John Egan is a misfit, 'a twelve-year old in the body of a grown man with the voice of a giant who insists on the ridiculous truth'. With an obsession for the "Guinness Book of Records" and faith in his ability to detect when adults are lying, John remains hopeful despite the unfortunate cards life deals him. During one year in John's life, from ...Read MoreJohn Egan is a misfit, 'a twelve-year old in the body of a grown man with the voice of a giant who insists on the ridiculous truth'. With an obsession for the "Guinness Book of Records" and faith in his ability to detect when adults are lying, John remains hopeful despite the unfortunate cards life deals him. During one year in John's life, from his voice breaking, through the breaking-up of his home life, to the near collapse of his sanity, we witness the gradual unsticking of John's mind, and the trouble that creates for him and his family. Set in early seventies Ireland, "Carry Me Down" is a deeply sympathetic take on one sad boyhood, told in gripping, and at times unsettling, prose. It plays out its tragic plot against a disarmingly familiar background and refuses to portray any of its lovingly drawn characters as easy heroes or villains.Read Less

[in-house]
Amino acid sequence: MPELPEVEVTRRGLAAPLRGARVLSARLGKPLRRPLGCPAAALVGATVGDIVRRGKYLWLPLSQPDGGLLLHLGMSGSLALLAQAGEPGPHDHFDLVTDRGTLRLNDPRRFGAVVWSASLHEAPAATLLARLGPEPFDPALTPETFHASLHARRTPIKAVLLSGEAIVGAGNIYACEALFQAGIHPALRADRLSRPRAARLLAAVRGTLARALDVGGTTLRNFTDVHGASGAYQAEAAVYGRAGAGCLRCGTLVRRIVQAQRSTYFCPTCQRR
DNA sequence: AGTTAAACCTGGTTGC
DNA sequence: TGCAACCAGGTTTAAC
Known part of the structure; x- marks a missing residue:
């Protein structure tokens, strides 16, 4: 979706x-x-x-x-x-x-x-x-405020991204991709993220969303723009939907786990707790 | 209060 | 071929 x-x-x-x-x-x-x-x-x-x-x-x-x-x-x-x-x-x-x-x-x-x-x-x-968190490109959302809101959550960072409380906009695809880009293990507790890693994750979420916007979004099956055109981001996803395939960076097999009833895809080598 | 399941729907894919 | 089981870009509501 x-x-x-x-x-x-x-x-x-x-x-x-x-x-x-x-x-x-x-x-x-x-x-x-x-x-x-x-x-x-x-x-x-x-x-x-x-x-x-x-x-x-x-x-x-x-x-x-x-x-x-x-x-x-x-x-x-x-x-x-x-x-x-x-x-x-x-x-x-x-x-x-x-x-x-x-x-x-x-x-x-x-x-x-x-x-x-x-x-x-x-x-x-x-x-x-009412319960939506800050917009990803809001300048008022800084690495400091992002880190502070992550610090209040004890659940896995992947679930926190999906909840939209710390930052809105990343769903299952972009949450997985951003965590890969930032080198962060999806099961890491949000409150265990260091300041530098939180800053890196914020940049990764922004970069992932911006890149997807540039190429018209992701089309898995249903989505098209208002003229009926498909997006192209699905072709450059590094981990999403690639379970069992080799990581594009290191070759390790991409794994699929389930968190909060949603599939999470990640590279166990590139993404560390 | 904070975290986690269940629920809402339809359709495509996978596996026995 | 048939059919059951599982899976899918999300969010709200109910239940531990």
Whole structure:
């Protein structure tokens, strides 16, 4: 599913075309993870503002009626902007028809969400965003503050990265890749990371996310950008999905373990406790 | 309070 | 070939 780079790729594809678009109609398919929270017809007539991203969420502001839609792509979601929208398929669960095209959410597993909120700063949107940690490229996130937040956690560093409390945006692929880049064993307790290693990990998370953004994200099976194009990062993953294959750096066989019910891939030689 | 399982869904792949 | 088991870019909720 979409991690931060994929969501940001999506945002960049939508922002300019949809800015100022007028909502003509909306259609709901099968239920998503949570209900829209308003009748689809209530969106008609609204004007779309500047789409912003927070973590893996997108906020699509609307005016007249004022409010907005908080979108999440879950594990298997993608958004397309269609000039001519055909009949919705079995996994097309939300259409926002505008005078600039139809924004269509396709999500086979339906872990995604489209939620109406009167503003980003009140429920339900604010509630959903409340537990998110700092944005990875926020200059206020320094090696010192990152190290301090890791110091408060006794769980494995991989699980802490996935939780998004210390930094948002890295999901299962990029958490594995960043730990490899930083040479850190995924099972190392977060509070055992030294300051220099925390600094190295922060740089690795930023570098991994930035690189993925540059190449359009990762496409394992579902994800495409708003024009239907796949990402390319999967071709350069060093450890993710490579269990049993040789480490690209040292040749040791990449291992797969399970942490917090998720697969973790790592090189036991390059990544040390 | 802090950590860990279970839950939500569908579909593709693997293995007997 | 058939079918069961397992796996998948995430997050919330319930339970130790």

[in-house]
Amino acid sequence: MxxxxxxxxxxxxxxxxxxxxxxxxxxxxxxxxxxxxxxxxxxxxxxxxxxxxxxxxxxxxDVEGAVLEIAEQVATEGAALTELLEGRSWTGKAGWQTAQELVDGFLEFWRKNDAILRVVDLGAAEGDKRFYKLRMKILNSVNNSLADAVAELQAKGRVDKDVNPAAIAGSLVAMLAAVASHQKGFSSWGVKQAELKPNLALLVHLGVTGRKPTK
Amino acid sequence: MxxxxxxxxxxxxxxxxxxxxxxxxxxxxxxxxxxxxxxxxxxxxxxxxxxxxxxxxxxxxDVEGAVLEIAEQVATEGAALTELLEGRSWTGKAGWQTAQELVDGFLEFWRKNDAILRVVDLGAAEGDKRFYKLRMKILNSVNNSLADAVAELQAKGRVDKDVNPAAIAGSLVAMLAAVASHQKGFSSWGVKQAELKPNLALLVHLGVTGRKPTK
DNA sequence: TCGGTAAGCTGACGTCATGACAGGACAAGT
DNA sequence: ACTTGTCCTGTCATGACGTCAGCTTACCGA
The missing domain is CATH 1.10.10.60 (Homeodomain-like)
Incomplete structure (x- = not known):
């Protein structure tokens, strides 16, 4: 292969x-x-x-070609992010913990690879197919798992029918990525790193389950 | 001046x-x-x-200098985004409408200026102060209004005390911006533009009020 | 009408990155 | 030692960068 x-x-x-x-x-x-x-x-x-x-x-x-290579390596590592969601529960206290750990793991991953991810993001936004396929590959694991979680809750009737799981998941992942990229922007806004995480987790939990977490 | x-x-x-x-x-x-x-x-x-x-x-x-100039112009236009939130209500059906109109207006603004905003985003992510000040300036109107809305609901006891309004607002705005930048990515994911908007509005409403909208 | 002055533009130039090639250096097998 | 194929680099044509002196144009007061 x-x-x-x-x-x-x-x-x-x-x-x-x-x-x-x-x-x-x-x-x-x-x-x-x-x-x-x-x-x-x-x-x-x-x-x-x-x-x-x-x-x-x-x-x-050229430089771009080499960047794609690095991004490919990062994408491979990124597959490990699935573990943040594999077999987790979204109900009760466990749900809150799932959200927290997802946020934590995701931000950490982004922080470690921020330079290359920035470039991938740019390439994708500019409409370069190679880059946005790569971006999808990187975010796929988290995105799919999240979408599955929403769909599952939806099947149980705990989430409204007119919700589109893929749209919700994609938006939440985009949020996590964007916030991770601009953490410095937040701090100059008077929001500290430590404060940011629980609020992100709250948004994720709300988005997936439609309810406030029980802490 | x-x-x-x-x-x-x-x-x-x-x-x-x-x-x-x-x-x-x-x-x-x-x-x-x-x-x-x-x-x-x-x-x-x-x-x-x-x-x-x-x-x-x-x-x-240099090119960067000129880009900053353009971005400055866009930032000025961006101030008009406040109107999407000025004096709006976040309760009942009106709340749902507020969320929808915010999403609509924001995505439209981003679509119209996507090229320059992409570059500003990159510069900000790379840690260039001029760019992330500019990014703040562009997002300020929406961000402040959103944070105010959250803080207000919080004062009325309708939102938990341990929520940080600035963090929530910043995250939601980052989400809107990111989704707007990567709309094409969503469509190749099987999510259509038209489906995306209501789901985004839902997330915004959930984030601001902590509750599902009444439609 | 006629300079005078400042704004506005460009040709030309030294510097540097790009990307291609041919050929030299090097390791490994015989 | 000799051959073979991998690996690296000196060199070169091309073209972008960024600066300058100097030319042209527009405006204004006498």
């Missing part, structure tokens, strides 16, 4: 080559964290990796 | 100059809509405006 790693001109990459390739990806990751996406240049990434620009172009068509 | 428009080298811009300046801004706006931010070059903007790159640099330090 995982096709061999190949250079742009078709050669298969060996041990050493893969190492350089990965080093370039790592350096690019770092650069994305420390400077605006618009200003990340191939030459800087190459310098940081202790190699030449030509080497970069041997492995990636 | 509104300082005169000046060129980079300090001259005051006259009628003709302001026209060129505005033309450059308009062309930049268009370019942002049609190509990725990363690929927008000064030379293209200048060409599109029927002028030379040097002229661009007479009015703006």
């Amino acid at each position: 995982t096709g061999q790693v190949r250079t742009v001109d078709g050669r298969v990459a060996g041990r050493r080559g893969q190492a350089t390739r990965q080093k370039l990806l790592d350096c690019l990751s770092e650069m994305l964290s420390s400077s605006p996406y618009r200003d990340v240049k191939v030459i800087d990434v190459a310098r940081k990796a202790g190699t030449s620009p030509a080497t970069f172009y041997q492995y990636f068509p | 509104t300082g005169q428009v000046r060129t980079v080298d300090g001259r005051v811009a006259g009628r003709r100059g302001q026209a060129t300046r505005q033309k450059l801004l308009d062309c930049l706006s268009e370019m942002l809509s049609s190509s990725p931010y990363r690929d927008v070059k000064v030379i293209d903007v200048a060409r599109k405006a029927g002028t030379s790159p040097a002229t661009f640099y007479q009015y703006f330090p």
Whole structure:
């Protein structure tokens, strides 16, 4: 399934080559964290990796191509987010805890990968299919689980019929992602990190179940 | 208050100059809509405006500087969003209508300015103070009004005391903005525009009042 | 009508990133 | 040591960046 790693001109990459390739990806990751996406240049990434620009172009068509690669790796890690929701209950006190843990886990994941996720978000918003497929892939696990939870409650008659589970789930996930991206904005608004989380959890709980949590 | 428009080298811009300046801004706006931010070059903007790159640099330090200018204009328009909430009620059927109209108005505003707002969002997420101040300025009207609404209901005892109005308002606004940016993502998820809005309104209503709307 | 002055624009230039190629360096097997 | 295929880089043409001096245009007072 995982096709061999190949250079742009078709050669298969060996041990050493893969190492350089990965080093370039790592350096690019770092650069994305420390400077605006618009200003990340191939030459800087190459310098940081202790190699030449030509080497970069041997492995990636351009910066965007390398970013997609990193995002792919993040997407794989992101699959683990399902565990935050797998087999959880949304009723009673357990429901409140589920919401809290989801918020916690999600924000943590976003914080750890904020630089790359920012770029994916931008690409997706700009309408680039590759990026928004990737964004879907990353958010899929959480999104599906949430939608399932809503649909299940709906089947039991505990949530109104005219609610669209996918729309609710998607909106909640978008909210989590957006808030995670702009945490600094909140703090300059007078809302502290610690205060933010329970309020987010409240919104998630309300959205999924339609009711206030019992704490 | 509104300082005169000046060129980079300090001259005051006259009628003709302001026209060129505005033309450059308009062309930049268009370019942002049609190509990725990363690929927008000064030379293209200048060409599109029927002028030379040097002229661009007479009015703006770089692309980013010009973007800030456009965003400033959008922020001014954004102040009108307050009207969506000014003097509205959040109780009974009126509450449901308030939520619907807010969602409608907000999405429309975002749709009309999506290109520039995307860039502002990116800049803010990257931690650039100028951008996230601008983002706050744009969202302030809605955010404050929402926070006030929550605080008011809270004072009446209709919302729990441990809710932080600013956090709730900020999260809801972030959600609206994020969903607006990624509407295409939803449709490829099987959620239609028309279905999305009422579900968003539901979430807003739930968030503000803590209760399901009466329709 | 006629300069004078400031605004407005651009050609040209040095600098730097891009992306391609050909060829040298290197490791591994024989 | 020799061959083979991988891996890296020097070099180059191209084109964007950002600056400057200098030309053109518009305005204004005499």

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Publishers Weekly, 2006-01-16 A spare, piercing testimony to the bewilderment and resiliency of youth, Hyland's second novel (following How the Light Gets In) filters the adult world through the distressed lens of adolescence, which makes every change look like a test of survival. John Egan is an extremely tall 11-year-old boy living in the small town of Gorey, Ireland, with the moody triumvirate of his mother, father and grandmother. As he faces the trials of home and school life, John feels he has no place in the world, and his frustration fuels odd obsessions: with the Guinness Book of World Records, with physical human contact and with his "gift" for detecting lies. His parents, already sorting through their own uneasy relationship, puzzle over their only son with doctors and teachers, pushing John to a moment of crisis, which may prove his undoing. John's voice is singular and powerful throughout: "I wait anxiously for my turn, thinking that he'll soon discover me and know that I'm different. I've already decided that I'll tell him about my gift." By the subtle, satisfying d?nouement, one is rooting for John's place in the Guinness book and saving a space for him among the year's memorable characters. (Mar.) Copyright 2006 Reed Business Information.
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